Seldovia Police Chief Andy Anderson said roughly 25 percent of the incidents to which police respond are outside city limits.

The city's $360,000 general fund budget includes about $106,000 for police. The state compensates the department for aiding Alaska State Troopers and for services rendered outside the city under terms of a special services contract.

But that contract pays Seldovia only about $16,700 a year, a figure that hasn't changed since 1994, Anderson said.

Meanwhile, cost-cutting by the city has eliminated a police clerical position and made a deputy's position a half-time job during the winter.

City Manager Ken Weaver said the city also spends about $45,000 a year on the Seldovia Ambulance and Fire Department, supplemented by the volunteer nonprofit Seldovia Volunteer Fire and Rescue.

Until recently, the Seldovia Village Tribe provided an EMS coordinator, but that position is empty.

Roughly 8 percent of the fire and EMS calls in 2000 were outside the city. The service averages about 20,000 volunteer hours a year, said Sue Hecks, who until this week was mayor of Seldovia.

The Seldovia City Council has not petitioned the Kenai Peninsula Borough for a new service area, in which residents pay a tax for services, but members of the council did meet with borough officials late last month to go over the procedures necessary to begin.

Anchorage Assembly wants ex-candidate to pay legal fees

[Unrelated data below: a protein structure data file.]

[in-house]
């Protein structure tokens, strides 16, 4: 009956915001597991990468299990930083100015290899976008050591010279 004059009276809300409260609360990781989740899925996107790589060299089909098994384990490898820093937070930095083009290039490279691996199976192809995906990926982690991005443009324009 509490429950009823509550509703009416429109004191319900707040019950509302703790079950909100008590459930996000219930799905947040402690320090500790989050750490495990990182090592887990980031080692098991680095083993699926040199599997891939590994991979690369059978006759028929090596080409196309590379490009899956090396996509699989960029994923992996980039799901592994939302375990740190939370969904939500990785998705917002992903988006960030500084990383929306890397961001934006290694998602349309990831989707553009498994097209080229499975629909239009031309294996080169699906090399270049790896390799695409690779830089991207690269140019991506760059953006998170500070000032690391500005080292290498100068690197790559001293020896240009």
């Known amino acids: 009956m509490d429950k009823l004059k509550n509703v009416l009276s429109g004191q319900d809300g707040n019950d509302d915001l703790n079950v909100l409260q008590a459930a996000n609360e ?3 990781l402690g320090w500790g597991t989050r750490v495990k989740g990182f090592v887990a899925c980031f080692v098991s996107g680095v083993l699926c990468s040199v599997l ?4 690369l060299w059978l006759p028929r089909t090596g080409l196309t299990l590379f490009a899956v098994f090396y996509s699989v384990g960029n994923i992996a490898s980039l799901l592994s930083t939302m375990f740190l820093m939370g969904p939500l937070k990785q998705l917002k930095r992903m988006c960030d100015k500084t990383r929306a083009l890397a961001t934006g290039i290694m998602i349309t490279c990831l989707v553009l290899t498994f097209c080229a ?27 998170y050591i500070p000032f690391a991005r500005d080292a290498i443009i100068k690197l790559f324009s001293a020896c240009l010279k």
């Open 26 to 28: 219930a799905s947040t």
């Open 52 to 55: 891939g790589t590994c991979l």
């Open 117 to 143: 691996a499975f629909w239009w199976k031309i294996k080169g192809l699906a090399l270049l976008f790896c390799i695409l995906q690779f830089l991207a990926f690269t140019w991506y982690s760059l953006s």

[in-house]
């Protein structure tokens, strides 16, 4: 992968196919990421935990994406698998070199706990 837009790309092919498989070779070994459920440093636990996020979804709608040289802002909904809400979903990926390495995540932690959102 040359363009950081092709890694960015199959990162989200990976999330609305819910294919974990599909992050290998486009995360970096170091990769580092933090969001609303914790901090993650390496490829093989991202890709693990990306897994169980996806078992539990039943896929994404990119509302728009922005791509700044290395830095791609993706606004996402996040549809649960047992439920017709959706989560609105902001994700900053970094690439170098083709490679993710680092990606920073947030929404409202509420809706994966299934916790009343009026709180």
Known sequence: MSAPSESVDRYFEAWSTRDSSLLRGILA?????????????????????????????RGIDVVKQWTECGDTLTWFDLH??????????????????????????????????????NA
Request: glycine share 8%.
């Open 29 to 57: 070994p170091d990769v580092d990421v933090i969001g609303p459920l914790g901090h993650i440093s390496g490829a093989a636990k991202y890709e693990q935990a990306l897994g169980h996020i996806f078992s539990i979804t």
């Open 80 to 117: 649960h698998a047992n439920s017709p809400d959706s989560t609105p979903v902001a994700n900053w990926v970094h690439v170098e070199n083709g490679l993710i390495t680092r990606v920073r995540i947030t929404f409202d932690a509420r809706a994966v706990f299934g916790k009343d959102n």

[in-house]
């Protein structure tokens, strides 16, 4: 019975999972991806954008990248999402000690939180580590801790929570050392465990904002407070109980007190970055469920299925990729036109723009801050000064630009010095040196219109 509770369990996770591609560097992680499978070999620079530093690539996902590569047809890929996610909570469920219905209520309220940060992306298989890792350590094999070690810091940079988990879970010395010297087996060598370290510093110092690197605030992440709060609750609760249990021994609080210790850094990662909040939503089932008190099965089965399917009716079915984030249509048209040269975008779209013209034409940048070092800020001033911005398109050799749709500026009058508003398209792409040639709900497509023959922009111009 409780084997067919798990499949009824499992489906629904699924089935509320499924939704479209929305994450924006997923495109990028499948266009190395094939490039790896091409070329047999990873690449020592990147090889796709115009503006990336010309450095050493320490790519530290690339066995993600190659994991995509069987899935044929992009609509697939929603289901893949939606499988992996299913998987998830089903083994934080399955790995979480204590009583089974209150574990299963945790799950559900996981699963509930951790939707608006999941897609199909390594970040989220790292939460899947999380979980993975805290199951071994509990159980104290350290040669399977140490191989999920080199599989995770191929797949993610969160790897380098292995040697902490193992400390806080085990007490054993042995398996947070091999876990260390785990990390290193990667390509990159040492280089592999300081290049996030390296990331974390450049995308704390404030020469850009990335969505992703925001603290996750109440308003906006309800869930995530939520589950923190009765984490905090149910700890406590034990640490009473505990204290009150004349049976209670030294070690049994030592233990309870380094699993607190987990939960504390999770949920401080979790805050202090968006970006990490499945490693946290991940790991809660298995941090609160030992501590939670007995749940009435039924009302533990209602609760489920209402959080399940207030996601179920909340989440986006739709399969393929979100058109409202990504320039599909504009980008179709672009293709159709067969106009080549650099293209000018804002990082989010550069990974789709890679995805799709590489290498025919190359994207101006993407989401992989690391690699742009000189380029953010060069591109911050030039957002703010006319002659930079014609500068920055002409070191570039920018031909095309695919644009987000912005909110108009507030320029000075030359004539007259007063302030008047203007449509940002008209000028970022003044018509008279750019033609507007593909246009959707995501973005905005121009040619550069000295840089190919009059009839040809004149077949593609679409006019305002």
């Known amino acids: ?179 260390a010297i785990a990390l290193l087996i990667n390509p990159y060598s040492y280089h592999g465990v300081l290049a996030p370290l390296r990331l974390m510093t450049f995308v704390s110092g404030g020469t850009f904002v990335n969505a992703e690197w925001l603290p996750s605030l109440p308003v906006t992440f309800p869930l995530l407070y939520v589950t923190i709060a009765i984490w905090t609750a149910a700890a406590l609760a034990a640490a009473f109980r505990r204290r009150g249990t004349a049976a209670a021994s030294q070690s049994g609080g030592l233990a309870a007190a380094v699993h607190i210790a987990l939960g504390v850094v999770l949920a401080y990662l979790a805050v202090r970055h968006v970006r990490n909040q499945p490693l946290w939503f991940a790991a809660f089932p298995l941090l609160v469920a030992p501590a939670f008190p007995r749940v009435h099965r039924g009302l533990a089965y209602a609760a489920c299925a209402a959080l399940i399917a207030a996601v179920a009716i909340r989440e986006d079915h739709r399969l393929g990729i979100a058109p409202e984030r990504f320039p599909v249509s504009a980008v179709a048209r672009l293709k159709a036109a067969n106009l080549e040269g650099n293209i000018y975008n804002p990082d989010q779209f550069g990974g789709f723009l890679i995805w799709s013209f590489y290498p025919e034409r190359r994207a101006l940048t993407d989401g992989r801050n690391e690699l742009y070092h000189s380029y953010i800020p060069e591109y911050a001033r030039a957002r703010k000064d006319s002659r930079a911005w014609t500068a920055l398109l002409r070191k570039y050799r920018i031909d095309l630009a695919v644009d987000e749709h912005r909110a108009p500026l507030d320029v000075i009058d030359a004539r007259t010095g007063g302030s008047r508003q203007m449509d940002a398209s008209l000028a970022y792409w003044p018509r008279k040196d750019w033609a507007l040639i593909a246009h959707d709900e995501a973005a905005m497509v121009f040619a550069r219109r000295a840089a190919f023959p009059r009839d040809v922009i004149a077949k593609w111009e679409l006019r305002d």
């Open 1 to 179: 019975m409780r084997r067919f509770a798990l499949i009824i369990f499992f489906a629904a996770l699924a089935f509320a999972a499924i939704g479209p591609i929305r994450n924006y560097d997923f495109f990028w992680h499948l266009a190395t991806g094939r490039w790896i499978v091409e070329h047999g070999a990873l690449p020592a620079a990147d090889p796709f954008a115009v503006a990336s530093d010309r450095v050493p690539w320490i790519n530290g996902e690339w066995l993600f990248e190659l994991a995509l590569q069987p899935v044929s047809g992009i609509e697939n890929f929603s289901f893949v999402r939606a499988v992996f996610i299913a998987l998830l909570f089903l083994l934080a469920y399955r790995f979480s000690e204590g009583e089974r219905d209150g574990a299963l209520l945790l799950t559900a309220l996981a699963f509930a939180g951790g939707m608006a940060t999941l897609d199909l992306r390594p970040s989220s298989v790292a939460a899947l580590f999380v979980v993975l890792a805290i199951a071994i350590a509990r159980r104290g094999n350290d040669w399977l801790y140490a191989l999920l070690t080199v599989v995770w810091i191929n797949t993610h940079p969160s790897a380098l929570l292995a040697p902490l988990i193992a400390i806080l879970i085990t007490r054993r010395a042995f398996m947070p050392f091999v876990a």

ANCHORAGE - Despite a colleague's plea, Anchorage Assembly members have refused to back down from billing ex-Assembly candidate Robert Hayes for $1,721 owed the city for legal and collection fees in his failed legal challenge of the city election.

Assembly member Dan Sullivan had urged forgiveness of the debt, arguing that Hayes' lawsuit raised an important public-interest question and he should not be punished for pursuing it.

The resolution to forgive Hayes' legal fees died on a 9-2 vote at the Tuesday night Assembly meeting.

Assembly chairman Dick Traini said city taxpayers should not have to foot the bill.

"Failure (for the city to collect the fees) just invites people to file lawsuits against the city and expect the city to walk away," Traini told the Anchorage Daily News.

In April, Hayes ran for an East Anchorage Assembly seat and finished a distant third. He filed a lawsuit contesting the qualifications of the winning candidate, Brian Whittle.

Redistricting had moved Whittle's longtime neighborhood into a new district, and the city charter says candidates must live in their district for a year to be eligible to represent it.

City Attorney Bill Greene also felt that Whittle should be disqualified. But the Alaska Supreme Court sided with Superior Court Judge Peter Michalski in tossing out Hayes' lawsuit.

Michalski called the lawsuit frivolous and awarded $1,426.66 in attorney fees to the municipal clerk and the Assembly. Including collection fees, Hayes now owes the city $1,721.

Compiled from wire service reports.